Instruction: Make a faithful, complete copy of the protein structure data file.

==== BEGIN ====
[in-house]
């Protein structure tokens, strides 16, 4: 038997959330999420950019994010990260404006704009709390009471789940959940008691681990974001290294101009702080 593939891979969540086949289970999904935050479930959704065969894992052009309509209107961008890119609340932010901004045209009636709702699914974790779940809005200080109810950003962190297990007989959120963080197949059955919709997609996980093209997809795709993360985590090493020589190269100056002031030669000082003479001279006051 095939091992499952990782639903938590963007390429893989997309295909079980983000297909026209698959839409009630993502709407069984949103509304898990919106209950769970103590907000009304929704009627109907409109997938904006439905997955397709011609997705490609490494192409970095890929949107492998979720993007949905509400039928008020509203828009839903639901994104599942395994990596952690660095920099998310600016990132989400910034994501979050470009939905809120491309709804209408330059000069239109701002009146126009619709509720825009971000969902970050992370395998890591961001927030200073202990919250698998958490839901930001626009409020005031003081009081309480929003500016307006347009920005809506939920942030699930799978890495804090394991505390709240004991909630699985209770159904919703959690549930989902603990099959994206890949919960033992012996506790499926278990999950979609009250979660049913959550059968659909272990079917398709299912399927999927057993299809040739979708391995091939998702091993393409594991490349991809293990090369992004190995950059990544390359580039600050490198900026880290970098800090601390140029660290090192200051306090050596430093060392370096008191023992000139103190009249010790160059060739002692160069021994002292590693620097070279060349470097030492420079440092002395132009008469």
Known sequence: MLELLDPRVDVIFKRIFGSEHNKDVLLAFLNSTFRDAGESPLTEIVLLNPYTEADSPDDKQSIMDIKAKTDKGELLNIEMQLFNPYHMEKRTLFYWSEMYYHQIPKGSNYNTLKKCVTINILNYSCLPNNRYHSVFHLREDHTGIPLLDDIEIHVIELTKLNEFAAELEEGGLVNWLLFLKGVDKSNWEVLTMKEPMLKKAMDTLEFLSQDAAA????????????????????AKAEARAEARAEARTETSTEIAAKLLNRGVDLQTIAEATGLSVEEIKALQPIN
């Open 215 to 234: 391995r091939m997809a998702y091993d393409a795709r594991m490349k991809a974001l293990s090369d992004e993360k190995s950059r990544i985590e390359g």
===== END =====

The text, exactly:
[in-house]
């Protein structure tokens, strides 16, 4: 038997959330999420950019994010990260404006704009709390009471789940959940008691681990974001290294101009702080 593939891979969540086949289970999904935050479930959704065969894992052009309509209107961008890119609340932010901004045209009636709702699914974790779940809005200080109810950003962190297990007989959120963080197949059955919709997609996980093209997809795709993360985590090493020589190269100056002031030669000082003479001279006051 095939091992499952990782639903938590963007390429893989997309295909079980983000297909026209698959839409009630993502709407069984949103509304898990919106209950769970103590907000009304929704009627109907409109997938904006439905997955397709011609997705490609490494192409970095890929949107492998979720993007949905509400039928008020509203828009839903639901994104599942395994990596952690660095920099998310600016990132989400910034994501979050470009939905809120491309709804209408330059000069239109701002009146126009619709509720825009971000969902970050992370395998890591961001927030200073202990919250698998958490839901930001626009409020005031003081009081309480929003500016307006347009920005809506939920942030699930799978890495804090394991505390709240004991909630699985209770159904919703959690549930989902603990099959994206890949919960033992012996506790499926278990999950979609009250979660049913959550059968659909272990079917398709299912399927999927057993299809040739979708391995091939998702091993393409594991490349991809293990090369992004190995950059990544390359580039600050490198900026880290970098800090601390140029660290090192200051306090050596430093060392370096008191023992000139103190009249010790160059060739002692160069021994002292590693620097070279060349470097030492420079440092002395132009008469």
Known sequence: MLELLDPRVDVIFKRIFGSEHNKDVLLAFLNSTFRDAGESPLTEIVLLNPYTEADSPDDKQSIMDIKAKTDKGELLNIEMQLFNPYHMEKRTLFYWSEMYYHQIPKGSNYNTLKKCVTINILNYSCLPNNRYHSVFHLREDHTGIPLLDDIEIHVIELTKLNEFAAELEEGGLVNWLLFLKGVDKSNWEVLTMKEPMLKKAMDTLEFLSQDAAA????????????????????AKAEARAEARAEARTETSTEIAAKLLNRGVDLQTIAEATGLSVEEIKALQPIN
């Open 215 to 234: 391995r091939m997809a998702y091993d393409a795709r594991m490349k991809a974001l293990s090369d992004e993360k190995s950059r990544i985590e390359g």